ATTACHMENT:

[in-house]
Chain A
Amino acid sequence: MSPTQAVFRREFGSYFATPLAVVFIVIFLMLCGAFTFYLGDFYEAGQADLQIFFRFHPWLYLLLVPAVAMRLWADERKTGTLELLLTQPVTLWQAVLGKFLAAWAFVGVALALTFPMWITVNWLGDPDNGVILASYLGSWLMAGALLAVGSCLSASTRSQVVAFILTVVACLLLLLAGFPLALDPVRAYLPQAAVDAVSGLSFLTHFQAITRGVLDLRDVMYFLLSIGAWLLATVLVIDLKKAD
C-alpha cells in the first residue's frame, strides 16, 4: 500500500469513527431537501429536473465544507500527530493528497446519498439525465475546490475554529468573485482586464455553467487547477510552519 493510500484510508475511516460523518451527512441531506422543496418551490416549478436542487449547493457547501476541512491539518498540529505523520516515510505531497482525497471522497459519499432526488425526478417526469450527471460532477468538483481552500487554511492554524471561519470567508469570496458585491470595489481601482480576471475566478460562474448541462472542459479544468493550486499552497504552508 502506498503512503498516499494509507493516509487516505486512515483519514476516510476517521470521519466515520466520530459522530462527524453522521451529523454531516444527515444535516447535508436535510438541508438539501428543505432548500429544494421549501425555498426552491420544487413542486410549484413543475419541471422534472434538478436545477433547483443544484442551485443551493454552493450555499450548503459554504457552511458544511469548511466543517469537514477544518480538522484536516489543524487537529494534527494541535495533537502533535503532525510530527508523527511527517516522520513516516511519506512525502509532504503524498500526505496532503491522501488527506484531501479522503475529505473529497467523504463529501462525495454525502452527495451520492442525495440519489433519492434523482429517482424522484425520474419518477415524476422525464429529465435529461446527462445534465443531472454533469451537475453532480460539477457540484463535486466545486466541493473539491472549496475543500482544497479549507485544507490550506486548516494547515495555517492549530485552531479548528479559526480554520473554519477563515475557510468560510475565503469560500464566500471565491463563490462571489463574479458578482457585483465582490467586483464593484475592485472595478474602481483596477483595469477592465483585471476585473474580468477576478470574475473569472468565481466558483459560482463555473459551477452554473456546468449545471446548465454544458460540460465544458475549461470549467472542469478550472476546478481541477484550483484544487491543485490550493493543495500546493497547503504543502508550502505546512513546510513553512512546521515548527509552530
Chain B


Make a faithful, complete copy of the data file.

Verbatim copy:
[in-house]
Chain A
Amino acid sequence: MSPTQAVFRREFGSYFATPLAVVFIVIFLMLCGAFTFYLGDFYEAGQADLQIFFRFHPWLYLLLVPAVAMRLWADERKTGTLELLLTQPVTLWQAVLGKFLAAWAFVGVALALTFPMWITVNWLGDPDNGVILASYLGSWLMAGALLAVGSCLSASTRSQVVAFILTVVACLLLLLAGFPLALDPVRAYLPQAAVDAVSGLSFLTHFQAITRGVLDLRDVMYFLLSIGAWLLATVLVIDLKKAD
C-alpha cells in the first residue's frame, strides 16, 4: 500500500469513527431537501429536473465544507500527530493528497446519498439525465475546490475554529468573485482586464455553467487547477510552519 493510500484510508475511516460523518451527512441531506422543496418551490416549478436542487449547493457547501476541512491539518498540529505523520516515510505531497482525497471522497459519499432526488425526478417526469450527471460532477468538483481552500487554511492554524471561519470567508469570496458585491470595489481601482480576471475566478460562474448541462472542459479544468493550486499552497504552508 502506498503512503498516499494509507493516509487516505486512515483519514476516510476517521470521519466515520466520530459522530462527524453522521451529523454531516444527515444535516447535508436535510438541508438539501428543505432548500429544494421549501425555498426552491420544487413542486410549484413543475419541471422534472434538478436545477433547483443544484442551485443551493454552493450555499450548503459554504457552511458544511469548511466543517469537514477544518480538522484536516489543524487537529494534527494541535495533537502533535503532525510530527508523527511527517516522520513516516511519506512525502509532504503524498500526505496532503491522501488527506484531501479522503475529505473529497467523504463529501462525495454525502452527495451520492442525495440519489433519492434523482429517482424522484425520474419518477415524476422525464429529465435529461446527462445534465443531472454533469451537475453532480460539477457540484463535486466545486466541493473539491472549496475543500482544497479549507485544507490550506486548516494547515495555517492549530485552531479548528479559526480554520473554519477563515475557510468560510475565503469560500464566500471565491463563490462571489463574479458578482457585483465582490467586483464593484475592485472595478474602481483596477483595469477592465483585471476585473474580468477576478470574475473569472468565481466558483459560482463555473459551477452554473456546468449545471446548465454544458460540460465544458475549461470549467472542469478550472476546478481541477484550483484544487491543485490550493493543495500546493497547503504543502508550502505546512513546510513553512512546521515548527509552530
Chain B